Bat-killing disease identified as fungus

Map showing the transmission of White-Nose Syndrome
bats with White-Nose Syndrome hang in a cave in 2006

Researchers confirmed the source of White-Nose Syndrome, a fatal disease to bats, to be the fungus Geomyces destructans, an invasive species in North America. The discovery was made last week.

“This is a key step in any new disease that emerges, we need to be able to understand what is causing the disease and what is causing the animals to be impacted by that disease,” said Michelle Verent, a post doctorate researcher who worked on the project with a team of scientists from multiple disciplines organized by the United States Geological Survey.

The exact number of bats that have died is unknown because there were no verifiable numbers of the population prior to the spread of WNS beginning in 2006. The disease was first identified in Schoharie County and in 2008 it was confirmed WNS was killing bats in the Central New York region around Syracuse. The disease affects six species of bats.

Experts conservatively estimate that over 1 million bats have died from WNS in the last five years, which poses a threat to the human population to acquire more insect-transmitted diseases.

A four-year-old girl from the town of New Haven died in August due to Eastern Equine Encephalitis, a rare but serious mosquito-borne disease.

“Bats are a really important part of the ecosystem because of how many insects they consume each year, and that is important both in the potential spread of insect born diseases, such as West Nile and malaria, and things that we can get from mosquitoes,” Verent said.

With a reduction of bats and an increase in insects, there is an additional strain on the agriculture community and the potential for more environmental destruction.

“If we don’t have those bats there to help control those pests, it costs the [agriculture] industry a lot more money, in pesticide application and as well as causes more harm to the environment because we have to use more chemical means of pest control versus having the more natural control,” Verent said.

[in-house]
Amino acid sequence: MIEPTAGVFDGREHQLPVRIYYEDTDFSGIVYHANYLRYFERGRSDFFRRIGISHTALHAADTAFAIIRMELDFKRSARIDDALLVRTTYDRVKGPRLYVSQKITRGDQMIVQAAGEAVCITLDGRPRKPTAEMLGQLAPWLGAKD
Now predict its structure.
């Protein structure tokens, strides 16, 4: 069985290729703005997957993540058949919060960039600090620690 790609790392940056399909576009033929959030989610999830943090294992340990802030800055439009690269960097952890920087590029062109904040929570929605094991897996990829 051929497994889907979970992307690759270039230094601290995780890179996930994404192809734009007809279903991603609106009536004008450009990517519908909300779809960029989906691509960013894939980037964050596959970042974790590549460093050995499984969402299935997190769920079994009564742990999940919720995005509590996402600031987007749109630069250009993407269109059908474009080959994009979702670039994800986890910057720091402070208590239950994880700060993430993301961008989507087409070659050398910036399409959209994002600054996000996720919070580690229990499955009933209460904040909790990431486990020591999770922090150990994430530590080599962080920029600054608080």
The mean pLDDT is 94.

The fungus, which had been the suspected culprit, was confirmed by Verent and David Blehert through their research with the United States Geological Survey and other organizations.

“Finding out that the fungus is the true cause of White-Nose is not necessarily surprising for us, it is just reaffirming what most people believed and that is an important step because it allows us to focus our efforts further and takes away that temptation to get pulled off in other directions,” said Mylea Bayless, a conservation biologist at Bat Conservation International.

Experts had already been generally operating under the assumption that Geomyces destructans was the cause and will continue to follow the procedures they had been following such as cave closures. They will now be able to focus more closely on the fungus.

“Knowing that will let us then go forth with future studies, trying to look into disease mechanisms and epidemiology of the fungus and ways we can then target the fungus in order to mitigate the disease effects on bats,” Vernet said.

The fungus spores, which cover the nose, wings and ears, eat at the skin of the bat, cause a change in temperature and water levels, and force the bats out of hibernation.

During the time that they are awake, they burn through their hibernation’s fat reserves, said Mylea Bayless, a conservation biologist at Bat Conservation International. This forces the bats to come out of hibernation early, often in mid-winter, to find insects in order to replenish their fat reserves. Many bats to freeze or starve to death.

There is a near 100 percent mortality rate in most caves, often the fungus is most deadly in its second or third year, Verent said. If a cure is found, it is unknown how long it will take for the bat population to return to previous levels, if it can recover.

Since 2006, when the disease was first identified in Howe Caverns, in Howes Cave N.Y., the bat population has been decimated across the eastern portion of North America with deaths in 17 states and four Canadian provinces.

“In order for a disease to occur, you have to have a host as one side of the triangle, a pathogen as the other side of the triangle, and the environment as the last side,” Bayless said. In this instance, the host would be the bats; the pathogen would be the fungus and the environment would be a cave.

One avenue that researchers are investigating is that bats in Oklahoma and Missouri, where the fungus is present, do not seem to be contracting the disease, Bayless said. She speculated that there may be something in those cave environments that changes how the fungus and disease operates.

Humans are unable to contract the disease because they are too warm to be hosts, so the triangle paradigm remains incomplete. However, they can carry the disease so many caves encourage guests to avoid wearing the same article of clothing between caves. Many caves have been closed off to spelunkers to stem the transmission of the disease.